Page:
Confusion on Capitol Hill after reports of 'gunfire'
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Friday May 26, 2006
The U.S. Capitol and Rayburn Congressional office building were put under lock-down as Capitol Hill Police searched to investigate "the sound of gunfire" in the garage of the Rayburn Congressional office building across from the Capitol. Reports now claim that the "gunfire" was nothing more than air hammer being used in an elevator shaft.
An email sent by Capitol Hill Police has informed Representatives and their staffers that, "all persons in the Rayburn Building may resume their respective routines and are able to move about freely."
Sgt. Kimberley Schneider reporters earlier that "several" tactical units are searching the entire Rayburn building, including the firing range. Sounds that seemed to be gunfire were reported to have come from the lowest level of the Rayburn office garage, labeled G3. Reports of shots fired had been called in to Capitol Hill police during the 10:00 hour.
Fox reported earlier that witnesses had seen a gunman inside a Rayburn gym, claiming that two women who ran out of the building told Capitol police they had seen a gunman in the "locker room."
The Rayburn building houses two gymnasiums--one for staffers, and one for Members only. This seems to have been caused by confusion surrounding the removal by ambulance of a staffer for Rep. Jack Kingston (R-GA), who suffered a panic attack during her second encounter with armed police. The police had entered to search the room. Congressman Kingston was in Georgia during the events, but his staff blogged about events live throughout the morning and early afternoon.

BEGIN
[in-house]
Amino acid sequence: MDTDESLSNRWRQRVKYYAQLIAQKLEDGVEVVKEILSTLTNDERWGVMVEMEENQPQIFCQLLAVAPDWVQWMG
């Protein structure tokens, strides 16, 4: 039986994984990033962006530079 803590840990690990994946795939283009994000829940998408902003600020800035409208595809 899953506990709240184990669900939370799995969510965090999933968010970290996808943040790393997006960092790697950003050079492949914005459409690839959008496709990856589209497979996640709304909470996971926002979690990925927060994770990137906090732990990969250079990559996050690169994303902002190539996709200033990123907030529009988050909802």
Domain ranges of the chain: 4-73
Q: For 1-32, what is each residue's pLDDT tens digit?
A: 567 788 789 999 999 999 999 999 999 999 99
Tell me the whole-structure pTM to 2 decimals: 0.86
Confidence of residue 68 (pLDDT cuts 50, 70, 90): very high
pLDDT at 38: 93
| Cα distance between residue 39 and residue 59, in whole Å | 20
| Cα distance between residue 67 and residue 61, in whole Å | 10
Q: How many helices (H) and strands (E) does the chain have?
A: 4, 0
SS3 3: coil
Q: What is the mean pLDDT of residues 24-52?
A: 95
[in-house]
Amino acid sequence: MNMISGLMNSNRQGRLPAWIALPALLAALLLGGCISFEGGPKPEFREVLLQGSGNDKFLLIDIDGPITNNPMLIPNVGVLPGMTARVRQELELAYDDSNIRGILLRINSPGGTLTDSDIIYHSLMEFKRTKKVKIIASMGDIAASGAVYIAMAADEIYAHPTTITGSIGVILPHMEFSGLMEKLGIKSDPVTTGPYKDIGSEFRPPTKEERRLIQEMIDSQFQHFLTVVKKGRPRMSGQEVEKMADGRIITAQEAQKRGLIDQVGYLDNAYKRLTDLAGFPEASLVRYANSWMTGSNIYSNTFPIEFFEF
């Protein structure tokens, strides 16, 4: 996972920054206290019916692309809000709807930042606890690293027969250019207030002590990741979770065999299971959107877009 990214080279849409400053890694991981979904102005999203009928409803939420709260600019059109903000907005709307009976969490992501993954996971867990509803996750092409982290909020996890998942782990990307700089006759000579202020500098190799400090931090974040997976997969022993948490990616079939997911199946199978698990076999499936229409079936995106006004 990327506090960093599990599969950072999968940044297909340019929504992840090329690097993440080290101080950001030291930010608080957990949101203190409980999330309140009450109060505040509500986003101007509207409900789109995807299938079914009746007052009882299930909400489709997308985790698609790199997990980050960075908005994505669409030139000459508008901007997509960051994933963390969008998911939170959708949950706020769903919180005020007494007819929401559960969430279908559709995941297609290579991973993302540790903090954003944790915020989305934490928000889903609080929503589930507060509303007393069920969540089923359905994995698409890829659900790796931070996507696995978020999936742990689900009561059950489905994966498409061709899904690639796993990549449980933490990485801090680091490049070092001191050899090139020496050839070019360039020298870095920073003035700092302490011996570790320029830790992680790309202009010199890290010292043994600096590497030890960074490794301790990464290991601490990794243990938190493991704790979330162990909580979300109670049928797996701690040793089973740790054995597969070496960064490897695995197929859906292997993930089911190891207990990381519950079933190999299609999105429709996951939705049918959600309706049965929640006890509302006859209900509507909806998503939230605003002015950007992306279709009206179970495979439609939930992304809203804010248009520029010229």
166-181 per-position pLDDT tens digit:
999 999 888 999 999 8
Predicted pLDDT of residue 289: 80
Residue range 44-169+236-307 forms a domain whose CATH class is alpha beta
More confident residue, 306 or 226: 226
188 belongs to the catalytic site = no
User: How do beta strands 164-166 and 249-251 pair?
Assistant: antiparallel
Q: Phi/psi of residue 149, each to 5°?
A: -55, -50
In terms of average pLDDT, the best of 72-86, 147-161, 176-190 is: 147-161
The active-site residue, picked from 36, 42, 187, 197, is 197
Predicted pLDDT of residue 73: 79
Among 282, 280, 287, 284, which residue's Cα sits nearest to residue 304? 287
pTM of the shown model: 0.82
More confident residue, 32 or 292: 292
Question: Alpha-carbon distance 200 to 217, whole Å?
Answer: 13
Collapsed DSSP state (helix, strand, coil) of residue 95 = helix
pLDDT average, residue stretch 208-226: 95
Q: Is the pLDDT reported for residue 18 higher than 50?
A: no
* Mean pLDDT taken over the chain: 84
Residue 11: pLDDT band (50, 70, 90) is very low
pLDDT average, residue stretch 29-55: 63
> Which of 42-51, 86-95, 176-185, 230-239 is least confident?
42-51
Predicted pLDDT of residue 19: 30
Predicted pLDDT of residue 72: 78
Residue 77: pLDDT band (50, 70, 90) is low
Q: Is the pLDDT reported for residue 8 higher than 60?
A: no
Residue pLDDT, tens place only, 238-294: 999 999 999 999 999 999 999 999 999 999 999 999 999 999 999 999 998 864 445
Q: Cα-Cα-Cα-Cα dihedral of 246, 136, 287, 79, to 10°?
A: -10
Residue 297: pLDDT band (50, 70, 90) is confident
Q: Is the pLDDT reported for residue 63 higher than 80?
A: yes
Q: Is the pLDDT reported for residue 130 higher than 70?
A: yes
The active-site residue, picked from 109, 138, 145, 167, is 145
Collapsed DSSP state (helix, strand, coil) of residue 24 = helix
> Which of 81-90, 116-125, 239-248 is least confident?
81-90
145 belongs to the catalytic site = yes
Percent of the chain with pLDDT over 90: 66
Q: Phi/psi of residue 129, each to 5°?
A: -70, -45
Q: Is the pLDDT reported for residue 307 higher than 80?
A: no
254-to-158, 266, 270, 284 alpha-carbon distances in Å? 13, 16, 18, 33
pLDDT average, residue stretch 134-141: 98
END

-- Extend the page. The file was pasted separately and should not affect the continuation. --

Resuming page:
A House Democratic aide told RAW STORY earlier that a police officer had said that gunpowder had been found in the Rayburn garage. Talk of this was also attributed by CNN, to "two cops on the beat," but denied by Capitol Hill Police. The same aide also told RAW STORY that videocameras in the Rayburn garage often do not have tape in them and are not monitored.
Passageways between the Capitol and Rayburn building are still closed, as is traffic moving in the direction of Rayburn. Earlier, those found wandering in the Capitol hallways had been instructed to return to their offices as Capitol police went room to room in the Capitol to investigate the report. Doors had been sealed, but not locked.
One Democratic aide told RAW STORY that he saw police running down the hall, seeming somewhat frantic, shouting "get out of the way, get out of the way."
Representatives and their staffers, eager to embark on the holiday weekend, are now free to retrieve their automobiles and belongings from the Rayburn garage.